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Solar Energy in the Mojave Desert,

Dry Wash, Mojave Desert

Dry Wash, Mojave Desert

Interior secretary Ken Salazar describes his agency as the “real department of energy.” He is in charge of the vast expanses of public lands in the western United States, lands that energy producers want to exploit for their natural resources, oil, coal, natural gas, and now wind and solar.

Which brings us to the Mojave Desert, sunny and windy, and much of it owned by U.S.

There is a five year backlog of applications for 158 solar projects on 1.8 million acres of public land, which could power 29 million homes. Half the projects would be built in the Mojave Desert, where some of the land is pristine, and some not.

The White House wants to streamline the application process and create 50,000 green jobs by 2011.

Roy's Motel, Amboy, California

Roy's Motel, Amboy, California

Pacific Gas and Electric is planning a solar farm near Roy’s Motel, a classic Route 66 business and a classic Route 66 story

Buster Burris was the wrecker king of Route 66 in the Mojave. He arrived in Amboy from Texas in 1938 and went to work for Roy Crowe at his gas and service station, driving Roy’s wrecker. Buster took over the business, and added a cafe in 1945 for feed people who waited for Roy to fix their cars. Three years later he added the little cabins to bed them down while they waited for Roy to fix their cars.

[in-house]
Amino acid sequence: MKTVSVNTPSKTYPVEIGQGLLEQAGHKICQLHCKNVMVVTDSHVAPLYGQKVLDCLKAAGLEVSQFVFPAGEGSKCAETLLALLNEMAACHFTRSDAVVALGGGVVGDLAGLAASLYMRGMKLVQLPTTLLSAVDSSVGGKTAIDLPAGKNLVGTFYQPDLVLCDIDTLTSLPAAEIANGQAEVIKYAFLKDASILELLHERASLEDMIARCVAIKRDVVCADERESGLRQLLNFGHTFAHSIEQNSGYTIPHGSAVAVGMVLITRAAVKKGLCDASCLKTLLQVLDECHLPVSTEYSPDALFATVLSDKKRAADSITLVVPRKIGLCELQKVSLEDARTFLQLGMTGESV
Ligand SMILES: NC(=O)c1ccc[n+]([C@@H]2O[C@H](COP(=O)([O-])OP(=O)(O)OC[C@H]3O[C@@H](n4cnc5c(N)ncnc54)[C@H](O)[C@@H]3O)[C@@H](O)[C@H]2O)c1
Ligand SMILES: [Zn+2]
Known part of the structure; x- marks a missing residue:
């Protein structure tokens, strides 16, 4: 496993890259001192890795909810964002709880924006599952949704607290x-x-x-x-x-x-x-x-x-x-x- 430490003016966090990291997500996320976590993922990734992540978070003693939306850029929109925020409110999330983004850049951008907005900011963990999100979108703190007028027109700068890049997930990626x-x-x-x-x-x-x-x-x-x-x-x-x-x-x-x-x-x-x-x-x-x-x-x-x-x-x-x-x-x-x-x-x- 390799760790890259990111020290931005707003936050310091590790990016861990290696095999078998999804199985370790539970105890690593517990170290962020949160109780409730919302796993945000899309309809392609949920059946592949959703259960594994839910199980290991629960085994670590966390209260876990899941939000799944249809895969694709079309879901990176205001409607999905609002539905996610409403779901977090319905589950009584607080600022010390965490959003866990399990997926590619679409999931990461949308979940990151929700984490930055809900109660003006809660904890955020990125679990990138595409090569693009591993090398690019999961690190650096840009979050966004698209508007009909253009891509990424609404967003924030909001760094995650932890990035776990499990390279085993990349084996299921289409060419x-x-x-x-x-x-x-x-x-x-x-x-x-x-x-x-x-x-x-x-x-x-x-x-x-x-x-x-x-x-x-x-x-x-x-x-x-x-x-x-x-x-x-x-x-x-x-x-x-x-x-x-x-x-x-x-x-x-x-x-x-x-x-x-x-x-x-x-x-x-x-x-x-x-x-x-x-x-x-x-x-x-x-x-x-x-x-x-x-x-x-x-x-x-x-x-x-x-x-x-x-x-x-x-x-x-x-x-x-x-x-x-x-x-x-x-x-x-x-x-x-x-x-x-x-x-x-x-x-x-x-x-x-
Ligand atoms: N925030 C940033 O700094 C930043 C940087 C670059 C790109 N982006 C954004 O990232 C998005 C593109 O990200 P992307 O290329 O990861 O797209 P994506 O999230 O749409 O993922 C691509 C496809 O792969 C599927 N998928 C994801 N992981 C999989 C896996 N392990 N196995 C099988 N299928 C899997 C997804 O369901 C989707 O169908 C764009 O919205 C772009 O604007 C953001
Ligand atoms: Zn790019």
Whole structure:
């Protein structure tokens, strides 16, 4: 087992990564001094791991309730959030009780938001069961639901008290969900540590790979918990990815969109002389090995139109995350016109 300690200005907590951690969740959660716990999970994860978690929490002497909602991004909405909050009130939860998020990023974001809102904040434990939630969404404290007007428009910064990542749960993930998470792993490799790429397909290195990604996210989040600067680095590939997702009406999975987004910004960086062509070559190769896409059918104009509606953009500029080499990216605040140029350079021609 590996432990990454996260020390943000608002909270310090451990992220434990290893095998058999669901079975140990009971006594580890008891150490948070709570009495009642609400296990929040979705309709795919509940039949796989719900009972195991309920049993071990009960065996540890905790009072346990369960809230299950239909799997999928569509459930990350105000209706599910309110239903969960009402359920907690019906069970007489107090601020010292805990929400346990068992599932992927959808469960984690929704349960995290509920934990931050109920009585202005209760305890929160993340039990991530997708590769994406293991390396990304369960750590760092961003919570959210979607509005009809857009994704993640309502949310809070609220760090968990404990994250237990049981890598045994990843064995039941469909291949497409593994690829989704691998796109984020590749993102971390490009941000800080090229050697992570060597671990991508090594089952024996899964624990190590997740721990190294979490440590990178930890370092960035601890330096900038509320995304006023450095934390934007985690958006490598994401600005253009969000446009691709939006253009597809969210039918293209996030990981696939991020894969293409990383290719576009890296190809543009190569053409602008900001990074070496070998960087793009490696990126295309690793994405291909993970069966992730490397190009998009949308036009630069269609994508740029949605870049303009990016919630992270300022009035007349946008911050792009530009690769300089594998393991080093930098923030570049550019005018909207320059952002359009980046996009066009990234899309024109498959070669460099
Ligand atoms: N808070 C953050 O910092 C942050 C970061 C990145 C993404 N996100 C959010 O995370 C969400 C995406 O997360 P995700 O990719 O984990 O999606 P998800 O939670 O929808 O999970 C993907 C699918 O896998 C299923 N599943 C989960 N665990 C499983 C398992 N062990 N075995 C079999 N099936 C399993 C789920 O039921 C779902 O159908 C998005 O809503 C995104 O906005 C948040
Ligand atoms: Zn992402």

Roy's Motel, Amboy, California

Roy's Motel, Amboy, California

Roy’s grew into a small city out in the desert, even though drinking water was hauled in by the Sante Fe Railroad and stored on a siding.

Because the highway is there, because the railroad is there, because Roy’s is there, Pacific Gas and Electric claims the land is no longer pristine, and a solar farm near Roy’s will not damage the environment and be far enough away from Route 66 to not spoil the view from the road.

Sen. Dianne Feinstein and David Myers of the Wildlands Conservancy feel it is way to easy to use public land for energy production and that the planned solar projects will be way too big. Myers calls it the industrialization of the desert. Feinstein wants to establish the Mother Road National Monument on 800,000 acres of the land that would connect the Mojave National Preserve to the north with the Joshua Tree National Park to the south and the Colorado River to the east. And she wants to prevent the construction of solar farms on the land.

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The Mojave: California’s Newest National Monument

 

Dry River, Mojave Desert

Dry River, Mojave Desert

Yesterdays LA Times had a story about the proposed National Monument in the Mojave Desert. Senator Dianne Feinstein is writing a bill that would put hundreds of thousands of acres of the Mojave off limits to wind and solar energy development.

The region along old Route 66 between Ludlow and Needles is a wildlife corridor as well as an historic corridor. 

There is no place where energy development does not have consequences for the landscape. Straight oil canals crisscrossing the Louisiana coast have changed the way water and sediment moves through the wetlands. Mountaintop removal, coal mining, in Appalachia has filled streams with debris, changed the way water flows through the mountains, and destroyed communities.

Perhaps, if we learn from the experiences in Louisiana and Appalachia, we can find a way to have both the clean energy development we need (and the Mojave is a natural place for it )  and the landscape we want and need.